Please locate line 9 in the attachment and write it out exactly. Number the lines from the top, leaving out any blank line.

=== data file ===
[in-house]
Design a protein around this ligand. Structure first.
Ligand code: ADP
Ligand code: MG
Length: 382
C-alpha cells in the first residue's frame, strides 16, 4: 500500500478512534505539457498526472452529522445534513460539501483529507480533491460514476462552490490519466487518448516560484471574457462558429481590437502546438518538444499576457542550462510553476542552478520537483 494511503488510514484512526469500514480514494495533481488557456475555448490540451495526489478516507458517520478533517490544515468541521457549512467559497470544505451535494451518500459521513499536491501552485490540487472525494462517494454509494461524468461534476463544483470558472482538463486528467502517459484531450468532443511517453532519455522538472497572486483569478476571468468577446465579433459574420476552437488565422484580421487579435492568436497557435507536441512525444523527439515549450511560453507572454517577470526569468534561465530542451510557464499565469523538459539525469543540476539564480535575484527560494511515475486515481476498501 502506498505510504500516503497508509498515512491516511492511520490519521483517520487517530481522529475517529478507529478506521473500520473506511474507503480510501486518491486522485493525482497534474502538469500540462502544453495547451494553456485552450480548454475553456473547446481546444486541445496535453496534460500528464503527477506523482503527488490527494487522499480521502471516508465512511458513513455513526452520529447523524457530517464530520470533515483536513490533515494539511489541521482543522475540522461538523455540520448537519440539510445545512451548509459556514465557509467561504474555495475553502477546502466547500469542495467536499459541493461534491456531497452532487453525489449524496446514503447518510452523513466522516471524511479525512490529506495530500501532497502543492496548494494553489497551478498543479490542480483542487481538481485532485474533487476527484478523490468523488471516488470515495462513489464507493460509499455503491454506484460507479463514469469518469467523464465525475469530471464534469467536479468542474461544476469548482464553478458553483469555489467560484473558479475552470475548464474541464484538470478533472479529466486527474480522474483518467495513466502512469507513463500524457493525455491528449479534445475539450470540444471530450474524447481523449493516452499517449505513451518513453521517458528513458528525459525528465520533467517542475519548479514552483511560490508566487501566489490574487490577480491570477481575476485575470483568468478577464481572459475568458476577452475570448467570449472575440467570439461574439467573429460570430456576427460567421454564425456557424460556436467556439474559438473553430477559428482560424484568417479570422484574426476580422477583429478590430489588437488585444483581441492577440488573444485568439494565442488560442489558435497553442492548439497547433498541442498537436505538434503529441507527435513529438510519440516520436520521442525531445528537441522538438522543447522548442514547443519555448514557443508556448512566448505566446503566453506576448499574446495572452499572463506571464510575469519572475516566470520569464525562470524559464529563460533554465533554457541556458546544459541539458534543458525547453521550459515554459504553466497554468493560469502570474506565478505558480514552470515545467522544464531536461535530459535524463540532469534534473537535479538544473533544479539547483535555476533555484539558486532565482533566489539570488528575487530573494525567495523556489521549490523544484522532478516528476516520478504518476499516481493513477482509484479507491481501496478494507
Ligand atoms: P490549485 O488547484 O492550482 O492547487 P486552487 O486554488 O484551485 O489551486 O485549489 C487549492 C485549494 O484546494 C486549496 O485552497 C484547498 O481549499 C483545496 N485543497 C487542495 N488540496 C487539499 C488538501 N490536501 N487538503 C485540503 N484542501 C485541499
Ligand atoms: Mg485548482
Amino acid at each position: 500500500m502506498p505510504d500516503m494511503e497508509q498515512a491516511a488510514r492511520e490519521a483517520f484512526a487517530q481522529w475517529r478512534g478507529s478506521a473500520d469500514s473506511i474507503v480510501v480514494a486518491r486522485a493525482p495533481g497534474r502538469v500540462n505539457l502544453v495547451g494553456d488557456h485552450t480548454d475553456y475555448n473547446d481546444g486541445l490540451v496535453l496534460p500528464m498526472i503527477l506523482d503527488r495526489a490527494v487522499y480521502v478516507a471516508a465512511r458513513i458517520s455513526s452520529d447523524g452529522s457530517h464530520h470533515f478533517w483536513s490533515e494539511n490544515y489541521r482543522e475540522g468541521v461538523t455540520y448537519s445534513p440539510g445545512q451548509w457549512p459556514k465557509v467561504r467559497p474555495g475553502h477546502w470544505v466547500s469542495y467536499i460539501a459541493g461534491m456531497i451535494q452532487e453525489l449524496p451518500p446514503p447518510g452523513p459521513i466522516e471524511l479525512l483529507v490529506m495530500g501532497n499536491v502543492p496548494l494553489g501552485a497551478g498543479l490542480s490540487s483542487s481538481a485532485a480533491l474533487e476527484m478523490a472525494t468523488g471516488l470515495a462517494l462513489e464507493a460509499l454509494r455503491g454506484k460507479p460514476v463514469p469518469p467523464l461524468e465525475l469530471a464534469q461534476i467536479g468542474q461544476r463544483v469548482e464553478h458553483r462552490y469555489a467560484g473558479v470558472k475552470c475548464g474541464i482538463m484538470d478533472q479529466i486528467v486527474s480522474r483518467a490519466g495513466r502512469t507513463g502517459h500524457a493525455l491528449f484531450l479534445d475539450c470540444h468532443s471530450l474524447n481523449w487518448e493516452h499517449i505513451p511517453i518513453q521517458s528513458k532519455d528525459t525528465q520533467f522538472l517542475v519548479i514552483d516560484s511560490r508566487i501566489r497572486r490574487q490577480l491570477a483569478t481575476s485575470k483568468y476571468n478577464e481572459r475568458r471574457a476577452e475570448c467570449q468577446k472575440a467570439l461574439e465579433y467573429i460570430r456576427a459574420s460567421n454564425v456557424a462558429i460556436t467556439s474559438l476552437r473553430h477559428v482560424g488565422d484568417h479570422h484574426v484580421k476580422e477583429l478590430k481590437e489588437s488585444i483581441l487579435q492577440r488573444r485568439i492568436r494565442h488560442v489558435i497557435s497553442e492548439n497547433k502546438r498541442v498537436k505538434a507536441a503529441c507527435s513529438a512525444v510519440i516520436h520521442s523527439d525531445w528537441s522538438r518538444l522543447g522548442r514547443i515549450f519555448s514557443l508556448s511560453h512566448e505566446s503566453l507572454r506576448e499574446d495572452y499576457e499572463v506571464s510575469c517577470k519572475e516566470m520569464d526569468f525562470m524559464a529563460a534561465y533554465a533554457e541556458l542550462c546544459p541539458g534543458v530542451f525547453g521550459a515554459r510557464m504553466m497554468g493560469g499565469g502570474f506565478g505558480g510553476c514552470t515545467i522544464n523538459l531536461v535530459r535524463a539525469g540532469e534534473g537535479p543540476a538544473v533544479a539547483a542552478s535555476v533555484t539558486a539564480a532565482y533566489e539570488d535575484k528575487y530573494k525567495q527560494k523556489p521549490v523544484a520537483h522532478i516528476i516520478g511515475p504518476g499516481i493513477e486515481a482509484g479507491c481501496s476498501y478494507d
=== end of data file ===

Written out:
Amino acid at each position: 500500500m502506498p505510504d500516503m494511503e497508509q498515512a491516511a488510514r492511520e490519521a483517520f484512526a487517530q481522529w475517529r478512534g478507529s478506521a473500520d469500514s473506511i474507503v480510501v480514494a486518491r486522485a493525482p495533481g497534474r502538469v500540462n505539457l502544453v495547451g494553456d488557456h485552450t480548454d475553456y475555448n473547446d481546444g486541445l490540451v496535453l496534460p500528464m498526472i503527477l506523482d503527488r495526489a490527494v487522499y480521502v478516507a471516508a465512511r458513513i458517520s455513526s452520529d447523524g452529522s457530517h464530520h470533515f478533517w483536513s490533515e494539511n490544515y489541521r482543522e475540522g468541521v461538523t455540520y448537519s445534513p440539510g445545512q451548509w457549512p459556514k465557509v467561504r467559497p474555495g475553502h477546502w470544505v466547500s469542495y467536499i460539501a459541493g461534491m456531497i451535494q452532487e453525489l449524496p451518500p446514503p447518510g452523513p459521513i466522516e471524511l479525512l483529507v490529506m495530500g501532497n499536491v502543492p496548494l494553489g501552485a497551478g498543479l490542480s490540487s483542487s481538481a485532485a480533491l474533487e476527484m478523490a472525494t468523488g471516488l470515495a462517494l462513489e464507493a460509499l454509494r455503491g454506484k460507479p460514476v463514469p469518469p467523464l461524468e465525475l469530471a464534469q461534476i467536479g468542474q461544476r463544483v469548482e464553478h458553483r462552490y469555489a467560484g473558479v470558472k475552470c475548464g474541464i482538463m484538470d478533472q479529466i486528467v486527474s480522474r483518467a490519466g495513466r502512469t507513463g502517459h500524457a493525455l491528449f484531450l479534445d475539450c470540444h468532443s471530450l474524447n481523449w487518448e493516452h499517449i505513451p511517453i518513453q521517458s528513458k532519455d528525459t525528465q520533467f522538472l517542475v519548479i514552483d516560484s511560490r508566487i501566489r497572486r490574487q490577480l491570477a483569478t481575476s485575470k483568468y476571468n478577464e481572459r475568458r471574457a476577452e475570448c467570449q468577446k472575440a467570439l461574439e465579433y467573429i460570430r456576427a459574420s460567421n454564425v456557424a462558429i460556436t467556439s474559438l476552437r473553430h477559428v482560424g488565422d484568417h479570422h484574426v484580421k476580422e477583429l478590430k481590437e489588437s488585444i483581441l487579435q492577440r488573444r485568439i492568436r494565442h488560442v489558435i497557435s497553442e492548439n497547433k502546438r498541442v498537436k505538434a507536441a503529441c507527435s513529438a512525444v510519440i516520436h520521442s523527439d525531445w528537441s522538438r518538444l522543447g522548442r514547443i515549450f519555448s514557443l508556448s511560453h512566448e505566446s503566453l507572454r506576448e499574446d495572452y499576457e499572463v506571464s510575469c517577470k519572475e516566470m520569464d526569468f525562470m524559464a529563460a534561465y533554465a533554457e541556458l542550462c546544459p541539458g534543458v530542451f525547453g521550459a515554459r510557464m504553466m497554468g493560469g499565469g502570474f506565478g505558480g510553476c514552470t515545467i522544464n523538459l531536461v535530459r535524463a539525469g540532469e534534473g537535479p543540476a538544473v533544479a539547483a542552478s535555476v533555484t539558486a539564480a532565482y533566489e539570488d535575484k528575487y530573494k525567495q527560494k523556489p521549490v523544484a520537483h522532478i516528476i516520478g511515475p504518476g499516481i493513477e486515481a482509484g479507491c481501496s476498501y478494507d